Things that make you go hmm…

I’ve always been a big proponent of constructive criticism because it’s the only way to improve. How else can you get better at your attempted task if you don’t ask for feedback? Incidentally, my ability to handle feedback is one of the reasons why I was promoted. Guess what I’m saying is, I don’t take it personally if someone wants to offer constructive criticism because, in my experience, it’s always helped me improve.

So when I received a critical review (1 out of 5 stars), I read it eagerly. At first the reviewer offered valid viewpoints (which I’m already planning to take into account), but then they went off on a tangent which still boggles my mind. They complained that I wrote my novel to express my liberal views, that my characters were simply there to check off YA cliches. She had issues with the names, the fact that I have a black gay character, that I have poor people in foster systems… at that point, I started laughing.

I grew up reading romances but I could never relate to the characters. The protagonists were always white, and beautiful, and never really seemed to struggle financially. I read many Black romances as well, but never really any stories about Indian women, or Arab women, or Asian women finding love. So, as a woman of colour, I wanted to write about other WOC and that’s one of the reasons why I wrote Follow You Down.

It’s funny that having a “quirky” name, and friends who are also poor, or gay – maybe even both! – were things this reviewer objected to. Because these are not YA checklist items; they are, simply put, my reality. When you’re a WOC, you probably have friends who are also people of colour. And, believe it or not, some of these people may be gay, or bisexual, or even transgendered. One of my closest friends is a gay Asian male. He’s his own person with his own unique identity who happens to be Asian, and gay and loves playing hockey and transformers (Hi David!).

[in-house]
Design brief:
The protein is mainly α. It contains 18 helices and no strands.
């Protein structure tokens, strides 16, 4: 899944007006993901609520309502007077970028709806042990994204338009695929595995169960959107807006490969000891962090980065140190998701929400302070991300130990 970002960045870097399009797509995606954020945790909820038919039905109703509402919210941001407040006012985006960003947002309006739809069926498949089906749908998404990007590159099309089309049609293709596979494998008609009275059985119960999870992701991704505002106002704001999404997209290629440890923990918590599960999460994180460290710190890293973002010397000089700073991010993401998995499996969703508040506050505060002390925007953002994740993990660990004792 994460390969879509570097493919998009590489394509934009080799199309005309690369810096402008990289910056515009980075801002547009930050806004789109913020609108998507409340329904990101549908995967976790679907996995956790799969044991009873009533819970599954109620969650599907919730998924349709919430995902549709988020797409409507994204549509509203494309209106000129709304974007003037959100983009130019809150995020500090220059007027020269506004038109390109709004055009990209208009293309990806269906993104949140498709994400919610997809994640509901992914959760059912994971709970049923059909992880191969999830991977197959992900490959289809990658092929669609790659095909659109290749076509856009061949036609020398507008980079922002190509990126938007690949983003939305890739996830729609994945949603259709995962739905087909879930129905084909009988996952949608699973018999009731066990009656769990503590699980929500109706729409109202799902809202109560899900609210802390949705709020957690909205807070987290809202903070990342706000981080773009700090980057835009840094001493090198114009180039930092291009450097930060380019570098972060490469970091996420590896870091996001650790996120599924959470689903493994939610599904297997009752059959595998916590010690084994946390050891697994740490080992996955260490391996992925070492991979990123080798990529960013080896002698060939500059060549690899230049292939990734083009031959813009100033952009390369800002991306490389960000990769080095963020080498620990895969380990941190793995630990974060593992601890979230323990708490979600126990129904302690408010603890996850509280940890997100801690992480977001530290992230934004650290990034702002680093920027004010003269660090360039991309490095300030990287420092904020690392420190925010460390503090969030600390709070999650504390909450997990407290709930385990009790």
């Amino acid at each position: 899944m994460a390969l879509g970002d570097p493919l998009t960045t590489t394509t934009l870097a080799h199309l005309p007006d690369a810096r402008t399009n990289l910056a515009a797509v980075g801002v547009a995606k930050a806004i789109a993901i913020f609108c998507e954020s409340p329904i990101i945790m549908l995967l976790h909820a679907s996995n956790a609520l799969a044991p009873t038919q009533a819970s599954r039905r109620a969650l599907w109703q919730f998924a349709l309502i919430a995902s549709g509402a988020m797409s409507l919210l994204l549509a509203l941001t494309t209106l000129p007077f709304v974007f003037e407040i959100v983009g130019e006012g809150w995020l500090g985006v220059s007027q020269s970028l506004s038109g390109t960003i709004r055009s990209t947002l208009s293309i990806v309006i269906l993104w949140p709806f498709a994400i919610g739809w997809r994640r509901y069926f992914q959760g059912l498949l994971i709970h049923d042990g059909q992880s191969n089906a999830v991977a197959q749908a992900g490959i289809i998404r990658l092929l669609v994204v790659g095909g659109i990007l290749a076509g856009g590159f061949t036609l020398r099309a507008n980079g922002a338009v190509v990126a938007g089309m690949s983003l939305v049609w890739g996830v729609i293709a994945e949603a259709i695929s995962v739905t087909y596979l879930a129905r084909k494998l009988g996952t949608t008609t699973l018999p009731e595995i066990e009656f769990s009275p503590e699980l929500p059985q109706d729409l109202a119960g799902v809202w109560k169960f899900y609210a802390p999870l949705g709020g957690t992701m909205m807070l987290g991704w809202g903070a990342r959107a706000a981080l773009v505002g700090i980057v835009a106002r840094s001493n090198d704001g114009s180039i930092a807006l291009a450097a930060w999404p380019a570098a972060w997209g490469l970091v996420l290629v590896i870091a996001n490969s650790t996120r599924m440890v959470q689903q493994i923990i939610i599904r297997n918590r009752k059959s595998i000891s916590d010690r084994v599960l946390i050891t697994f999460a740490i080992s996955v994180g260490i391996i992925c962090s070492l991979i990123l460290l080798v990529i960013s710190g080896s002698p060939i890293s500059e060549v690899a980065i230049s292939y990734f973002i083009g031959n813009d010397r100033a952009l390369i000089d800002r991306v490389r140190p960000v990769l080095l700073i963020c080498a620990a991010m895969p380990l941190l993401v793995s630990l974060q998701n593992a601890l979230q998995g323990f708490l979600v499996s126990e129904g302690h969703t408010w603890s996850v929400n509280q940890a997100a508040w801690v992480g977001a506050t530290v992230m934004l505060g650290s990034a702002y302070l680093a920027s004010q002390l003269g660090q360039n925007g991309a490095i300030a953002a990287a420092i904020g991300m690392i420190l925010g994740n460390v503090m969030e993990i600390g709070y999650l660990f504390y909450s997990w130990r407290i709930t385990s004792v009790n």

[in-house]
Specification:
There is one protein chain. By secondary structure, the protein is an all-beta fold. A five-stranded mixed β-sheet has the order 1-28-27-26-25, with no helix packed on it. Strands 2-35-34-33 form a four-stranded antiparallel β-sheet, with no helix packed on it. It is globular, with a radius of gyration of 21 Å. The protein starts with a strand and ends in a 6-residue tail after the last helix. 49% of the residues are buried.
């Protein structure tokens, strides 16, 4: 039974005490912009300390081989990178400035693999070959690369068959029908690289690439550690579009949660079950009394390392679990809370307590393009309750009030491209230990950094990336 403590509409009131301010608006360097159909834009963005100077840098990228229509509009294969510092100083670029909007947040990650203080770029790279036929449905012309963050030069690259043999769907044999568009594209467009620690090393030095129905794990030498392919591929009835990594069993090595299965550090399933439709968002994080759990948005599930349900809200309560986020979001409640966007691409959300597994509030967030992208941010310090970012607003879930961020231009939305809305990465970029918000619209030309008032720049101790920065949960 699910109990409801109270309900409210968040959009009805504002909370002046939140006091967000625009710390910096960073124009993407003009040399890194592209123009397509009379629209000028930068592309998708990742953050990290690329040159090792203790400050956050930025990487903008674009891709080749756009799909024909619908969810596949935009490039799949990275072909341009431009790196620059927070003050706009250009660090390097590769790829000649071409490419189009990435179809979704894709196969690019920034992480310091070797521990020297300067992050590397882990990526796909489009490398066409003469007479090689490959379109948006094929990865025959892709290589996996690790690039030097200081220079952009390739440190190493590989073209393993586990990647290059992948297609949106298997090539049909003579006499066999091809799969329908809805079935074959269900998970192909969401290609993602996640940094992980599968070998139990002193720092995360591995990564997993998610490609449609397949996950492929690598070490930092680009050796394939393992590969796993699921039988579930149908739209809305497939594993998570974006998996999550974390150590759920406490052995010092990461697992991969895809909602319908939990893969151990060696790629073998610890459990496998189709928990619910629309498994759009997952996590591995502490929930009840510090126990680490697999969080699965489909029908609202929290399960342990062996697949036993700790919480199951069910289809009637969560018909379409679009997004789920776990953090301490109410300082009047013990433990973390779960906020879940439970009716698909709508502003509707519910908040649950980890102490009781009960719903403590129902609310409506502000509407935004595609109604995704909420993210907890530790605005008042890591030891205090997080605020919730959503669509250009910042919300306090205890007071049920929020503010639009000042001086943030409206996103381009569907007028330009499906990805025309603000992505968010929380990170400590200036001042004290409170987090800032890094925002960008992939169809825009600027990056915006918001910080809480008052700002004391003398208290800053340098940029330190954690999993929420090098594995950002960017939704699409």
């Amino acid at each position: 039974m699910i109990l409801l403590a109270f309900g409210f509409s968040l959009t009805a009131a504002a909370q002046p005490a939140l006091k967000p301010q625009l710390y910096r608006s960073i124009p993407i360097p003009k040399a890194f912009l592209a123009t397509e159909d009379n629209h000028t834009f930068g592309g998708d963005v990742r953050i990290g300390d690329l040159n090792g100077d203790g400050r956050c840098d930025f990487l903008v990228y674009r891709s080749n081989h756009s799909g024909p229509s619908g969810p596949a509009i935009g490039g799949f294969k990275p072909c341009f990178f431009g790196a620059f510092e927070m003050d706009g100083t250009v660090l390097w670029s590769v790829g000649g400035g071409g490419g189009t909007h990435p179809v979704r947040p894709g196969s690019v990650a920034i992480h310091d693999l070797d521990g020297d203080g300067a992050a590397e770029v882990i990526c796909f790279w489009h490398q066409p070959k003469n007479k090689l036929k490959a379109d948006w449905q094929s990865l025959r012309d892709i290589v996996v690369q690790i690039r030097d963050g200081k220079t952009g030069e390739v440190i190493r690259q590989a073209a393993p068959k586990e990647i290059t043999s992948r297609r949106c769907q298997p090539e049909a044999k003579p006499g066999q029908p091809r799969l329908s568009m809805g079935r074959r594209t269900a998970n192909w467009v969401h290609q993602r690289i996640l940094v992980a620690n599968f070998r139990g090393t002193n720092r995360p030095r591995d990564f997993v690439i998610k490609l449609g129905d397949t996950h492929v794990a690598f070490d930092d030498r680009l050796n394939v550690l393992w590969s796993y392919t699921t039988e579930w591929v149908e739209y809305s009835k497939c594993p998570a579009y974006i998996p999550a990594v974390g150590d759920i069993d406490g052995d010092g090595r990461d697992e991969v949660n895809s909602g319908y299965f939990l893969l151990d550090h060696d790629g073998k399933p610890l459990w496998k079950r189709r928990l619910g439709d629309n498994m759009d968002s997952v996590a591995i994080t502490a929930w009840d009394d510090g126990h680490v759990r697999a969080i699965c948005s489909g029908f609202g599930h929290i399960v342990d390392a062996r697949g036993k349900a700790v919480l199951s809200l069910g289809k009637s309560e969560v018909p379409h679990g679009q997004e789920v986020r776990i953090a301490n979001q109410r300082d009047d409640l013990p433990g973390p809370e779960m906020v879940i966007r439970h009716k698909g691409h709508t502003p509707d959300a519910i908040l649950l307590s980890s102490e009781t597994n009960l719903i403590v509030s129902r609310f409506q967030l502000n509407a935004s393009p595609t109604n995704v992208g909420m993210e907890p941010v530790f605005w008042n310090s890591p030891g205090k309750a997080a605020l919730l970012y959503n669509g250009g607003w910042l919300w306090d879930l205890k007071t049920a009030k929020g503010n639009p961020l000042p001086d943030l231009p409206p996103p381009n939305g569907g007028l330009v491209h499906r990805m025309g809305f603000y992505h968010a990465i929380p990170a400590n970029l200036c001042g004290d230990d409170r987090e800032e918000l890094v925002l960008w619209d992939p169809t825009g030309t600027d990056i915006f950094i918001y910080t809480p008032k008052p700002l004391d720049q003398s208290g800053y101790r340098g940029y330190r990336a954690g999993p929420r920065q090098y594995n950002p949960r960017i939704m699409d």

Many of my friends and I grew up poor or struggling to make ends meet, because we came from immigrant families. A lot of our names are considered “weird” or “quirky” because they reflect our ethnicity, pride in our heritage. Or you could simply have hippy parents who went to a poet and wanted an unusual name for their kid (yes, this is how I ended up with mine, and, yes, brown people can be hippies). Again,  just because characters are not named “Tom” or “Mary” or “insert any North American common name” doesn’t mean it’s being done to fulfill a checklist item – it’s simply reality for many of us.

In a way I’m glad I received this review because it reaffirmed why I’m writing what I’m writing. I want to tell stories about women of colour – romances featuring women of colour – because we exist, we’re here, and we have every right to read about ourselves and the realities we live even if it’s in something menial like love stories. Weird names, gay friends, struggling with money matters may be cliche items to some, but it’s very real for me.

I’ll write about my reality as much as I want and there isn’t a damn thing anyone can do about it – so bitch away!

 

6 thoughts on “Things that make you go hmm…

  1. I really love your work because your characters are different line you said sone ate whir black gay and straight and they all get along with each other like they don’t see the color of their skin and if they don’t get along us becauseof theirskin color or their sexual preferences. I wish the world would be like that. I can’t wait for the next chapter.

    1. I’m so happy you appreciate my characters. Diversity is so important, even in something like love stories. Young Adult novels have a lot of diversity in them but romances still don’t and I really want to focus on stories about all of us who don’t fall into the traditional North American culture. Anyway, thank you again for reading and supporting me 🙂

  2. I also liked your novel because of that! Because you seem to write about things you know, it’s like telling a very familiar story! Keep up! I am so curious for all of them!

    1. I’m very happy to hear that, Noula. Art (whether it be movies, music, fiction, painting, etc.) has the ability to cross boundaries and unite people. If my work is able to elicit that kind of feeling, even by the smallest measure, I’ll die a happy woman 🙂 Anyway, thank you for reading!

  3. I think you should be proud of yourself and your word, because it had the potential to keep that reviewer reading till the end.

    1. Sadly, no. She stopped reading at 26%. LOL. Anyway, not everyone’s going to like my work and that’s fine. It is what it is 🙂

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